Saturday 2 September 2017

A Short History of Decay by E.M. Cioran   {Review by THOMAS}
Emil Cioran is the philosopher of personal and collective frailty and failure, of emptiness, of hopelessness, of the eschewing of all answers (“Having resisted the temptation to conclude, I have overcome the mind.”). He rails against society, against both choice and necessity, against all values. I thought I would like him more than I do. Perhaps it is that he trumpets his nihilism, that he shouts out the immanence of our demise from the event horizon of whatever black hole we are heading towards, that his pessimism is, above all, dramatic (does this call its authenticity into question? (I don’t think so)), that makes me tire of him (he should perhaps be read (by me, at least) in small doses). Our differences are perhaps more of temperament than of territory; to me the underlying nullity of existence is more irredeemable than tragic, and I am to a degree suspicious of the heroic trappings and lyricism of his despair. That said, Cioran is an important, interesting (and frequently amusing) thinker, an heir to Nietzsche, and there is much to admire (and be amused by) in his books. His words dissolve civilisation as acetone dissolves paint (that’s got to be a good thing). The contents page of this book reads like the publishing list of an American academic publisher (“Genealogy of Fanaticism – In the Graveyard of Definitions – Civilisation and Frivolity – Supremacy of the Adjective – Apotheosis of the Vague – The Reactionary Angels – Militant Mourning – Farewell to Philosophy – Obsession of the Essential” &c, &c), and the book itself contains enough nihilistic aphorisms to fill a lifetime’s worth of anti-inspirational calendars (now, there’s a publishing project…), for example: “One is ‘civilised’ insofar as one does not proclaim one’s leprosy.” Great stuff.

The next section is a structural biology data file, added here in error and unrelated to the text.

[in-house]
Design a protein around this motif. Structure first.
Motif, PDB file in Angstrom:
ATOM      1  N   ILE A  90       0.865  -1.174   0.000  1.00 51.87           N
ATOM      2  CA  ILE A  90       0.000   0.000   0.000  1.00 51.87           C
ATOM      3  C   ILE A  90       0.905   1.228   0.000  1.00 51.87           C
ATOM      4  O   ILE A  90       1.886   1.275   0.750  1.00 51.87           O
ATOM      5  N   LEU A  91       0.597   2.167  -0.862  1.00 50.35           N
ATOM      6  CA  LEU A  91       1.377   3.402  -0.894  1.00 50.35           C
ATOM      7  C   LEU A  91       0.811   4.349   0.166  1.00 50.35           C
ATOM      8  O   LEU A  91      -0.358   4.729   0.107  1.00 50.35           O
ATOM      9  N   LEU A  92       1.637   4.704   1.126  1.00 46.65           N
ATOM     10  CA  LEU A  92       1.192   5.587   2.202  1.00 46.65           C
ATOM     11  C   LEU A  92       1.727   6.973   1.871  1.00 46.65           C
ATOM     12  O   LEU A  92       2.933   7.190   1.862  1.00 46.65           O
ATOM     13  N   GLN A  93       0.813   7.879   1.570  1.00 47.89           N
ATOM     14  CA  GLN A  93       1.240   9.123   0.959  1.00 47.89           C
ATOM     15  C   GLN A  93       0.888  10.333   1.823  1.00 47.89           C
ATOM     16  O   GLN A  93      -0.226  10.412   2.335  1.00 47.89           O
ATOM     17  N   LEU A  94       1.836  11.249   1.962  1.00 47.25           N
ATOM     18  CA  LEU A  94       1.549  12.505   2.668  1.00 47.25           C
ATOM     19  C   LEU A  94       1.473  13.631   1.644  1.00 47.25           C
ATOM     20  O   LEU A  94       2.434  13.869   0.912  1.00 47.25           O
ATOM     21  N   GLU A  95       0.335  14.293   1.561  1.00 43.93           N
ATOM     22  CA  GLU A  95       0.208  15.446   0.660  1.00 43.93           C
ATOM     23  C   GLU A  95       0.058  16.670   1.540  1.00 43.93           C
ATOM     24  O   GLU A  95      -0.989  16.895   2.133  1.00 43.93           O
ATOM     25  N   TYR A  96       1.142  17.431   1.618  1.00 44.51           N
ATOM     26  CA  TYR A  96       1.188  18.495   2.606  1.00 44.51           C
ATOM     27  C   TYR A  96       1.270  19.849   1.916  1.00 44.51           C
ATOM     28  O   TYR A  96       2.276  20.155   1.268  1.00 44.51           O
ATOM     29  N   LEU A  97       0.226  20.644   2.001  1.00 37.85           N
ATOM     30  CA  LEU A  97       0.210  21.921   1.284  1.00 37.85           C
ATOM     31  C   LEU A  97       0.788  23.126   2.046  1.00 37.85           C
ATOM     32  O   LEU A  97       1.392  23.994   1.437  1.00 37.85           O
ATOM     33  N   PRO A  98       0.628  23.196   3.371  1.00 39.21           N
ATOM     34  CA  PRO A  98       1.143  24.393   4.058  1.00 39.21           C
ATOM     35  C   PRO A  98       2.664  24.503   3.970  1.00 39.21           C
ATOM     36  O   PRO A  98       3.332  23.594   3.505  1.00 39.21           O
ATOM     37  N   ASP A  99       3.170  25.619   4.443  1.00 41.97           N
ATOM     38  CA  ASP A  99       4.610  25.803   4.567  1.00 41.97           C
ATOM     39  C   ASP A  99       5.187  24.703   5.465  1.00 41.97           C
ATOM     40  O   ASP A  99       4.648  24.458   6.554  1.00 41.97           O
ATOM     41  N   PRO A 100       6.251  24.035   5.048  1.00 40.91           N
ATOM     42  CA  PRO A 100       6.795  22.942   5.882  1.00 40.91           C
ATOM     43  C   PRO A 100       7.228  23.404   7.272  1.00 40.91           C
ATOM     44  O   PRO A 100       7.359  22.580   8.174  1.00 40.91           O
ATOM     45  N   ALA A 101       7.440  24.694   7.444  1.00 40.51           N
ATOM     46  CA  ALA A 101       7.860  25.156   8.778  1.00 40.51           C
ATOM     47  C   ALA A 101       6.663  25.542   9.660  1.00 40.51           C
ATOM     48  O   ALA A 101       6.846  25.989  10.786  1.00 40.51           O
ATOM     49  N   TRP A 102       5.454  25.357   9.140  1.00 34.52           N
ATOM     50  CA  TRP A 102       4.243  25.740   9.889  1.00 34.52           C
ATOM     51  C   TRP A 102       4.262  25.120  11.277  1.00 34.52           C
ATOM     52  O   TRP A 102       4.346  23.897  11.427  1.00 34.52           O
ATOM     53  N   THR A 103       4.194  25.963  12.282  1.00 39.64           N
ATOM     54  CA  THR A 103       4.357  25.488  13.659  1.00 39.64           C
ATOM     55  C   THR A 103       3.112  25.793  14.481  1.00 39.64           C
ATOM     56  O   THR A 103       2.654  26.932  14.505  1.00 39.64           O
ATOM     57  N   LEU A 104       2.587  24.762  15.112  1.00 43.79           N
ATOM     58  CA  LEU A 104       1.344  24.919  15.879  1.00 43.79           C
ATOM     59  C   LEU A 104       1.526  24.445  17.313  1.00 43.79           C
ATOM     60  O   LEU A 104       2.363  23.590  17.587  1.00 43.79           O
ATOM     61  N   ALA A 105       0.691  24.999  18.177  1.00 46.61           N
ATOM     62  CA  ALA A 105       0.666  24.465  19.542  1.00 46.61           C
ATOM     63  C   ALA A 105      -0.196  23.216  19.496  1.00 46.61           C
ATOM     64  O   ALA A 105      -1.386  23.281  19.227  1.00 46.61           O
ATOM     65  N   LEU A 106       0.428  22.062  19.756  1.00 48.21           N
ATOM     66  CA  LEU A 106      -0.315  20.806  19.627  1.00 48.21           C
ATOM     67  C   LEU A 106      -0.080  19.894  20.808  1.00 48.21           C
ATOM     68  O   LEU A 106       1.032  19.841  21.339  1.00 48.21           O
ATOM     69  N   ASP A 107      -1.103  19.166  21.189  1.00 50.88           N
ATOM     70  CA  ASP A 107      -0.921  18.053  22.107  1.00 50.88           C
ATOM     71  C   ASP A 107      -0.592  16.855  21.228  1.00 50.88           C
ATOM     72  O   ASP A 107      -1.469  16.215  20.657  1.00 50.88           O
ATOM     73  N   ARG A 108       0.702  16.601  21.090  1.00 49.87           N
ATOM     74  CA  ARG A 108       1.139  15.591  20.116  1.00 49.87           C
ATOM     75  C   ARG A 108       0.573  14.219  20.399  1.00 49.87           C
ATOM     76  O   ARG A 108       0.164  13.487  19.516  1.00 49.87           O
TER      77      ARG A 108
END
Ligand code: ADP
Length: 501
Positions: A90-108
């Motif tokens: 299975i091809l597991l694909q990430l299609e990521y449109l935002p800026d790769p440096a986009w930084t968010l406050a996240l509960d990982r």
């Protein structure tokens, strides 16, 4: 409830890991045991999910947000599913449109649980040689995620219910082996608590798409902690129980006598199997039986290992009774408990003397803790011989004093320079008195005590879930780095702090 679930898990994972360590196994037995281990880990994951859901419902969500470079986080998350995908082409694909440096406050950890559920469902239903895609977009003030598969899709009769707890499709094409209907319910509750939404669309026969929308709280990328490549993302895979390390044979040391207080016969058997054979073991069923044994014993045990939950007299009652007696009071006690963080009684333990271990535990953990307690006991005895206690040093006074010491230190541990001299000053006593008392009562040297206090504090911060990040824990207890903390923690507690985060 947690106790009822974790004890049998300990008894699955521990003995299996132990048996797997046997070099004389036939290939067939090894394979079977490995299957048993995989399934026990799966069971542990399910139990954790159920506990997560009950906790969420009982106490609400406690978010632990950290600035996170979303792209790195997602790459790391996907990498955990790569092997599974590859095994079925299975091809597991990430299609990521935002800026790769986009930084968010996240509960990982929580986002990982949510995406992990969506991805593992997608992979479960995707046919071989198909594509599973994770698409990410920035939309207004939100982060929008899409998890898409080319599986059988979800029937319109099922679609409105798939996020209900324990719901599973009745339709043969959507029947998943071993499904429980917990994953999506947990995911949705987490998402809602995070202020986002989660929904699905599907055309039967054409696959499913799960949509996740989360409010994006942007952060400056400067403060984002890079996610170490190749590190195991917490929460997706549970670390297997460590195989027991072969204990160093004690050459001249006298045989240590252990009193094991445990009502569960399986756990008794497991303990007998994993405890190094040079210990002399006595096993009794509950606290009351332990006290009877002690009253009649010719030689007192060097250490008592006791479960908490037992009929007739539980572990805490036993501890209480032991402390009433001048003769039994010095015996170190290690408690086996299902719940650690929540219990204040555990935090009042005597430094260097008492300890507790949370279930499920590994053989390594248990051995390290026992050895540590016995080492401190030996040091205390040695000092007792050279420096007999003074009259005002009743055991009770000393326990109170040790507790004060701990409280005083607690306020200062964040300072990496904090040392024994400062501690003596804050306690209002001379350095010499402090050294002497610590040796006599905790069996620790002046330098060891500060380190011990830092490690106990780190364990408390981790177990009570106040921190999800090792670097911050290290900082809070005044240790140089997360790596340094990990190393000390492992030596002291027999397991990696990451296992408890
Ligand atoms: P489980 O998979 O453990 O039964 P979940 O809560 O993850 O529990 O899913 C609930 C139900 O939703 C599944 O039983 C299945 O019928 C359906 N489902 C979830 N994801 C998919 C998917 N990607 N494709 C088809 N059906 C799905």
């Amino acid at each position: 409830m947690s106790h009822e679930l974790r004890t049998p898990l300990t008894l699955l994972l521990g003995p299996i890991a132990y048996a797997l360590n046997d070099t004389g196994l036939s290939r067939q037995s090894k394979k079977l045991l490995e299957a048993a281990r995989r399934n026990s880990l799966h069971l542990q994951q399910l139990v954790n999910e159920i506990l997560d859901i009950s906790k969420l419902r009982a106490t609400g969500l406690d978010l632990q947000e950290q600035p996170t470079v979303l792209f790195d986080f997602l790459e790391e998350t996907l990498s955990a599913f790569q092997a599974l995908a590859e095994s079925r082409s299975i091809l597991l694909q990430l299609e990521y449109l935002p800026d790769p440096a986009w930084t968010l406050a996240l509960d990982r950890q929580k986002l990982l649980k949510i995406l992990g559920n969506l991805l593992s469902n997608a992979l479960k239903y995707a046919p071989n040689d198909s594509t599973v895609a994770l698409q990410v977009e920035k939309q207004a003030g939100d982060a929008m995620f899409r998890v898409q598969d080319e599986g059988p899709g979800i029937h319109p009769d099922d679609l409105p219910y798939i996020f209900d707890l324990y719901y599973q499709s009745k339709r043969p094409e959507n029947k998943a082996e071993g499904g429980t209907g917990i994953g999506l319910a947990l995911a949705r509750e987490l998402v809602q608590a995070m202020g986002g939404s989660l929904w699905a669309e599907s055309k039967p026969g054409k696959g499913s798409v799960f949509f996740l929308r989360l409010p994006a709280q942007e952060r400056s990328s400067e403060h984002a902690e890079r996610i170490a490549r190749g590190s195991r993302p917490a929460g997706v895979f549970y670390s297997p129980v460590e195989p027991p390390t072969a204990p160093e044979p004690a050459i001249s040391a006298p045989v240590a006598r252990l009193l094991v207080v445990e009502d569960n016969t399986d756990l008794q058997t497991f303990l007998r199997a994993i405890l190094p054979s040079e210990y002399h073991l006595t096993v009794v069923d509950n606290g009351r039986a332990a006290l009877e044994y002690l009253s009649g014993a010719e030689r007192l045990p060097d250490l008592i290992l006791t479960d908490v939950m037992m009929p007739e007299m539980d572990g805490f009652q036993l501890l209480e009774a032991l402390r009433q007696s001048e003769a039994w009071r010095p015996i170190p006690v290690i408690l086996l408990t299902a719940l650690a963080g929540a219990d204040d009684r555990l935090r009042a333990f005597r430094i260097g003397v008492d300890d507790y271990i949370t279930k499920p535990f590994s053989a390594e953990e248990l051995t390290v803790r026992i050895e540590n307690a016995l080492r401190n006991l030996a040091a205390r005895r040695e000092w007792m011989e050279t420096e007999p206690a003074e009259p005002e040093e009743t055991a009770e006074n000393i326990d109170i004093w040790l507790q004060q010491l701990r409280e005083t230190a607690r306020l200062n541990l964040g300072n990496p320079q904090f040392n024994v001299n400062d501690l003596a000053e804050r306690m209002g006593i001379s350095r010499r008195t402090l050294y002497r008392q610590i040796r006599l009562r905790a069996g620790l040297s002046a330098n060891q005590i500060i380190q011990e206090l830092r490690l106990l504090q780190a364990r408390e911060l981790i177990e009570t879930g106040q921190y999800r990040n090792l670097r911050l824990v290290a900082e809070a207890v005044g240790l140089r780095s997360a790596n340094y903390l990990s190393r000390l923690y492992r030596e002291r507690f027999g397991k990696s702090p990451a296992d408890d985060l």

>> Six pleasant minutes with the miserabilist.
>> "Without the idea of suicide I would surely have killed myself."
>> The Apocalypse according to Cioran

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